Illuminating the dark public contracting tunnel

December 19, 2019

Governments can easily win or lose citizens trust and confidence depending on the consistency of public service delivery. This entails timely available, accessible, appropriate and acceptable delivery of public services, goods and works. Promises of public service delivery are mostly captured in election promises popularly called the social contract between citizens and their national or sub national governments. Translation of these social contracts into tangible, inclusive and value for money public benefits is highly dependent on the quality and timeliness of public contracting among other processes.

Globally, inclusive fulfillment of social contracts is being undermined by opaque, compromised, non-compliant and poor quality public contracting. Africa’s public contracting landscape is dominated by “white elephants”, “ghost’’ projects, substandard projects and perpetual work in progress.

Performance of contracts

The current state of procured projects in Africa is proof of huge resource leakages, wastage and outright theft driven by state capture, corruption and collusion, among private sector interests, technocrats and politically exposed persons. Tracking and evidencing such collusion has faced challenges due to   lack of political will, weak legal frameworks, information irregularities, closed systems, destruction of relevant documents and the overall opaqueness of public contracting among others.

Currently, this opaqueness in public contracting is a critical facilitator of state capture that is driven by election financing of political parties in exchange of mega-contracts, procurement of election equipment, big ticket support to inaugurations and selling of access to elected and appointed officials in Africa   and elsewhere.

Public contracting opaqueness and related malpractices are driving the clamor for illumination of the dark public contracting tunnel. Citizens, politicians, media, business leaders, academicians, development partners, civil society and religious leaders continue to seek viable pathways to illuminate this opaqueness. Growing demand is causing diverse responses. The responses are seen in the shifts from ad hoc , opaque,  postmortem approaches to open and near real time online publishing of information at each stage of the continuum of public contracting.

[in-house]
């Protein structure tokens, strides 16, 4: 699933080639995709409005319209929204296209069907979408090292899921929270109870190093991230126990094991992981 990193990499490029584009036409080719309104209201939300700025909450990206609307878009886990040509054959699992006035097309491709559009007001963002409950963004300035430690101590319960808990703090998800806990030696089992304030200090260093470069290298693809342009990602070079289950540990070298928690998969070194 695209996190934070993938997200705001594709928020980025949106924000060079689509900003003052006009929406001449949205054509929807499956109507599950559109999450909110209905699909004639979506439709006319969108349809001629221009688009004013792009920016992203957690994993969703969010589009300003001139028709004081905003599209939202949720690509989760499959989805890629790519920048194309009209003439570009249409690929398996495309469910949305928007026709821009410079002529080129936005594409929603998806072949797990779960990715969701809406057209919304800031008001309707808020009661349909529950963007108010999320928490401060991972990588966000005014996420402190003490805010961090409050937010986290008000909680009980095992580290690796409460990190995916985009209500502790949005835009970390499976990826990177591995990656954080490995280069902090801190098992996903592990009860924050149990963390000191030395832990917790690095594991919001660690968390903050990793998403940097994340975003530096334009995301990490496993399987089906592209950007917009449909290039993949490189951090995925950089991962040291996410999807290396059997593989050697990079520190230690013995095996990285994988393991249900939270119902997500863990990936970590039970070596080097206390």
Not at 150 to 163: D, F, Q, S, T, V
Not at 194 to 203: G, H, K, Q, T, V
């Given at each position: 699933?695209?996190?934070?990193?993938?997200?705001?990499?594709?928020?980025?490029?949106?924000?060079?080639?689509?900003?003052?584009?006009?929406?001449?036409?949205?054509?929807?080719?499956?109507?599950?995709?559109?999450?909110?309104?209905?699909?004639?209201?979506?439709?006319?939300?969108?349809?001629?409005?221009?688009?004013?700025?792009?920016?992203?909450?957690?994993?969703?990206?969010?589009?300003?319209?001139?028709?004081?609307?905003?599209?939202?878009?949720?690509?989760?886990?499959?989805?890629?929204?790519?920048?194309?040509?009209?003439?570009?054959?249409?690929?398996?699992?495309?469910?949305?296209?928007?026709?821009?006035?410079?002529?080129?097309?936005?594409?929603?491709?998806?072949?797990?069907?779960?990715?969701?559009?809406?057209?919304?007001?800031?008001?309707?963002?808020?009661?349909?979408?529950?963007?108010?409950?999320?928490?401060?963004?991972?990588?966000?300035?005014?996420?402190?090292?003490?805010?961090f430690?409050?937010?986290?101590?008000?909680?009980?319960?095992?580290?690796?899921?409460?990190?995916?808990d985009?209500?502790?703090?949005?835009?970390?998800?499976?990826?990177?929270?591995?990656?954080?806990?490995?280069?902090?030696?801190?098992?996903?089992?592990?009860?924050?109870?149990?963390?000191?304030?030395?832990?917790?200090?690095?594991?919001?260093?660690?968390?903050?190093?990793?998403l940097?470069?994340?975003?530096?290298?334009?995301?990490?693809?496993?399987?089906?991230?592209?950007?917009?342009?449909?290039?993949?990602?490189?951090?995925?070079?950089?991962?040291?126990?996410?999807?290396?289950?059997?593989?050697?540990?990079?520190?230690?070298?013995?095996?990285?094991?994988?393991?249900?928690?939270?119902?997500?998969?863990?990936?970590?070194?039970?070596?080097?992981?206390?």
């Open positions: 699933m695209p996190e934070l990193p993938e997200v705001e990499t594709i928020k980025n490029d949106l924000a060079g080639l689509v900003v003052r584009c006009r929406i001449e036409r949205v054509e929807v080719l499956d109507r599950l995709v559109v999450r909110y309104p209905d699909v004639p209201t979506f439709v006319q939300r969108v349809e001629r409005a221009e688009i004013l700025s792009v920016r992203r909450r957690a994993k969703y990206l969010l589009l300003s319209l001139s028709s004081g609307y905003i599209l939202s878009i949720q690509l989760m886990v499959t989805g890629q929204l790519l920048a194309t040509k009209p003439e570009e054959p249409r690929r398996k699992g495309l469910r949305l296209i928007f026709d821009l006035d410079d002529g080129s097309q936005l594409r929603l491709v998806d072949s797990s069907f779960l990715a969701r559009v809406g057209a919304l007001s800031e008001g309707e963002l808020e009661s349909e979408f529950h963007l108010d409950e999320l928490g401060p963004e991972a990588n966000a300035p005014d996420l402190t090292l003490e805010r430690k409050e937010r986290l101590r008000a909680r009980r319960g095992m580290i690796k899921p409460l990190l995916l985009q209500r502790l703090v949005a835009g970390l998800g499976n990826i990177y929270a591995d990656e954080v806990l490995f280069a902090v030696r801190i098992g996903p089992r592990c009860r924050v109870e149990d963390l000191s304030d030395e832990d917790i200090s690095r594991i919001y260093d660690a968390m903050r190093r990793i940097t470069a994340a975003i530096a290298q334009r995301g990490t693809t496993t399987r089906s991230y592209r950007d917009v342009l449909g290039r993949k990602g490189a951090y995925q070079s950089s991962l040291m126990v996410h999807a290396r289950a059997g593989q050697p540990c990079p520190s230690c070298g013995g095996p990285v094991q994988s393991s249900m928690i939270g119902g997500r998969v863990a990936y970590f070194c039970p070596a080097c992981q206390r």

Open contracting the new frontier

Opening up data and digitizing public contracting also termed as open contracting has become a highly viable pathway. It is translating to proactive online disclosure of data-sets related to the planning, tendering, award, implementation, monitoring and closure of public contracts.

This Open Contracting approach facilitates proactive near real time disclosure of contracting data in re-usable, accessible and machine readable formats. This means that by design the publishing formats allow easy online access to data, analysis and comparisons of the same by non-tech savvy individuals.

Secondly, the disclosed information is currently being utilized by citizens, private sector and media to scrutinize and provide feedback to government institutions including legislatures and investigative bodies.

Thirdly, oversight and investigative bodies are utilizing the aforementioned feedback to impartially seek accountability and redress. The feedback is also being used to inform periodic reforms of laws, policies, systems regulation and practice of public contracting.

The shift to a near real time publishing of public contracting data-sets based on the Open Contract Data Standard (OCDS) enables information access within and outside the government. Open Contracting ensures simultaneous retrieval of information at each stage of the public contracting continuum as processing is done.  This resolves information irregularity challenges faced within government and replicated outwards to citizens, media, academicians, business owners, political actors, oversight and investigative bodies.

Open contracting embeds easy red flagging of potential risks into each stage of the contracting process.  This triggers early prevention measures targeting specific stages of the continuum. Further, the permanence of digital foot prints  enhances the integrity of public contracting. This goes a long way into immunizing secrecy-driven corruption, lose and destruction of public contracting documents. Highest levels of secrecy thrive in manual and low technology systems and processes.

Illuminating the dark public contracting tunnel requires actions by all actors. Citizens, academicians, private sector, oversight bodies and media need to require  their governments to resource the implementation of open contracting by all their procuring entities.

About Open Up Contracting

In many countries, staggering amounts of tax money are not used as planned and fail to deliver promised results. And the public contracting process is complex, opaque and difficult to understand. Our Open Up Contracting program with ARTICLE19 works with local civil society, media, activists, businesses and civic watchdog organizations to develop their ability to conduct oversight of how these funds are spent.